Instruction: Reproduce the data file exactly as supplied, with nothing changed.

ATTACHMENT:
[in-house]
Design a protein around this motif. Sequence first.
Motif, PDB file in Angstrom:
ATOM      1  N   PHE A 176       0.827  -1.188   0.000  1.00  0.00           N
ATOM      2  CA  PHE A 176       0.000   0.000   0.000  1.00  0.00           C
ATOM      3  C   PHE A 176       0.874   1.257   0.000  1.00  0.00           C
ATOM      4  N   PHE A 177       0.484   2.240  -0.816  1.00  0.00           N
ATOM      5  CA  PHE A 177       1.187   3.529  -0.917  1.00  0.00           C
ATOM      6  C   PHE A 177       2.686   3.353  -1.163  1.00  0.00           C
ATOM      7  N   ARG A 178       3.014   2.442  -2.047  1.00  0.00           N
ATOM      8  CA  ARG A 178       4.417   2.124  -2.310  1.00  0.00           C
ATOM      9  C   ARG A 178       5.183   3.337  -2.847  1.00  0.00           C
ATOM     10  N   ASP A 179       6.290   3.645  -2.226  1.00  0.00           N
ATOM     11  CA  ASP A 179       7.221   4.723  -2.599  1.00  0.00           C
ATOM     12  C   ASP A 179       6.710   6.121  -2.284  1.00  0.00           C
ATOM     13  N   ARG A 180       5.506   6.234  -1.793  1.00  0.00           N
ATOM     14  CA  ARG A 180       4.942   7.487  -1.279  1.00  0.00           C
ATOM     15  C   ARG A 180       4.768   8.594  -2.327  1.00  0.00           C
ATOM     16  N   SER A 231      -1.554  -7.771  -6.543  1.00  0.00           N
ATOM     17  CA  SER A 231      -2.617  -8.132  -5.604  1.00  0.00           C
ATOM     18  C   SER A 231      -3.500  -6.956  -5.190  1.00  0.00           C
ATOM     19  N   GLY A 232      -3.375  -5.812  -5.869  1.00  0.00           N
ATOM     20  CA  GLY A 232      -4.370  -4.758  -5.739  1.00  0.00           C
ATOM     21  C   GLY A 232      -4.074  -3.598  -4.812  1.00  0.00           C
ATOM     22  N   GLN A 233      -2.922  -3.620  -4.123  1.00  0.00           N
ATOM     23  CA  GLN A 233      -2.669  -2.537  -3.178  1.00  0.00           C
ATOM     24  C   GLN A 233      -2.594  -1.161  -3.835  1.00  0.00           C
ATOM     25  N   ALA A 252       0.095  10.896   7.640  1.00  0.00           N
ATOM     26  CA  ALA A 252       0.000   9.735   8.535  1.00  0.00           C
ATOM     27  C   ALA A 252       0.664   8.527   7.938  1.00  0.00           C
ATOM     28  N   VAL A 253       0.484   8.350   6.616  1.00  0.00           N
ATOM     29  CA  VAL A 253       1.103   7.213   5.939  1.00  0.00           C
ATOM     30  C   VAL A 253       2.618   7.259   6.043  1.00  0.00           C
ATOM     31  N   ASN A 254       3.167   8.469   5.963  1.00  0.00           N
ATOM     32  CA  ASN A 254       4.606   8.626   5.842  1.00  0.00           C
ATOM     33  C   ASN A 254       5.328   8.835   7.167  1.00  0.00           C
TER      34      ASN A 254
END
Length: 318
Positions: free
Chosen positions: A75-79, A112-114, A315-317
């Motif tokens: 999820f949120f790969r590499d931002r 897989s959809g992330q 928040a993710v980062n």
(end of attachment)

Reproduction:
[in-house]
Design a protein around this motif. Sequence first.
Motif, PDB file in Angstrom:
ATOM      1  N   PHE A 176       0.827  -1.188   0.000  1.00  0.00           N
ATOM      2  CA  PHE A 176       0.000   0.000   0.000  1.00  0.00           C
ATOM      3  C   PHE A 176       0.874   1.257   0.000  1.00  0.00           C
ATOM      4  N   PHE A 177       0.484   2.240  -0.816  1.00  0.00           N
ATOM      5  CA  PHE A 177       1.187   3.529  -0.917  1.00  0.00           C
ATOM      6  C   PHE A 177       2.686   3.353  -1.163  1.00  0.00           C
ATOM      7  N   ARG A 178       3.014   2.442  -2.047  1.00  0.00           N
ATOM      8  CA  ARG A 178       4.417   2.124  -2.310  1.00  0.00           C
ATOM      9  C   ARG A 178       5.183   3.337  -2.847  1.00  0.00           C
ATOM     10  N   ASP A 179       6.290   3.645  -2.226  1.00  0.00           N
ATOM     11  CA  ASP A 179       7.221   4.723  -2.599  1.00  0.00           C
ATOM     12  C   ASP A 179       6.710   6.121  -2.284  1.00  0.00           C
ATOM     13  N   ARG A 180       5.506   6.234  -1.793  1.00  0.00           N
ATOM     14  CA  ARG A 180       4.942   7.487  -1.279  1.00  0.00           C
ATOM     15  C   ARG A 180       4.768   8.594  -2.327  1.00  0.00           C
ATOM     16  N   SER A 231      -1.554  -7.771  -6.543  1.00  0.00           N
ATOM     17  CA  SER A 231      -2.617  -8.132  -5.604  1.00  0.00           C
ATOM     18  C   SER A 231      -3.500  -6.956  -5.190  1.00  0.00           C
ATOM     19  N   GLY A 232      -3.375  -5.812  -5.869  1.00  0.00           N
ATOM     20  CA  GLY A 232      -4.370  -4.758  -5.739  1.00  0.00           C
ATOM     21  C   GLY A 232      -4.074  -3.598  -4.812  1.00  0.00           C
ATOM     22  N   GLN A 233      -2.922  -3.620  -4.123  1.00  0.00           N
ATOM     23  CA  GLN A 233      -2.669  -2.537  -3.178  1.00  0.00           C
ATOM     24  C   GLN A 233      -2.594  -1.161  -3.835  1.00  0.00           C
ATOM     25  N   ALA A 252       0.095  10.896   7.640  1.00  0.00           N
ATOM     26  CA  ALA A 252       0.000   9.735   8.535  1.00  0.00           C
ATOM     27  C   ALA A 252       0.664   8.527   7.938  1.00  0.00           C
ATOM     28  N   VAL A 253       0.484   8.350   6.616  1.00  0.00           N
ATOM     29  CA  VAL A 253       1.103   7.213   5.939  1.00  0.00           C
ATOM     30  C   VAL A 253       2.618   7.259   6.043  1.00  0.00           C
ATOM     31  N   ASN A 254       3.167   8.469   5.963  1.00  0.00           N
ATOM     32  CA  ASN A 254       4.606   8.626   5.842  1.00  0.00           C
ATOM     33  C   ASN A 254       5.328   8.835   7.167  1.00  0.00           C
TER      34      ASN A 254
END
Length: 318
Positions: free
Chosen positions: A75-79, A112-114, A315-317
């Motif tokens: 999820f949120f790969r590499d931002r 897989s959809g992330q 928040a993710v980062n």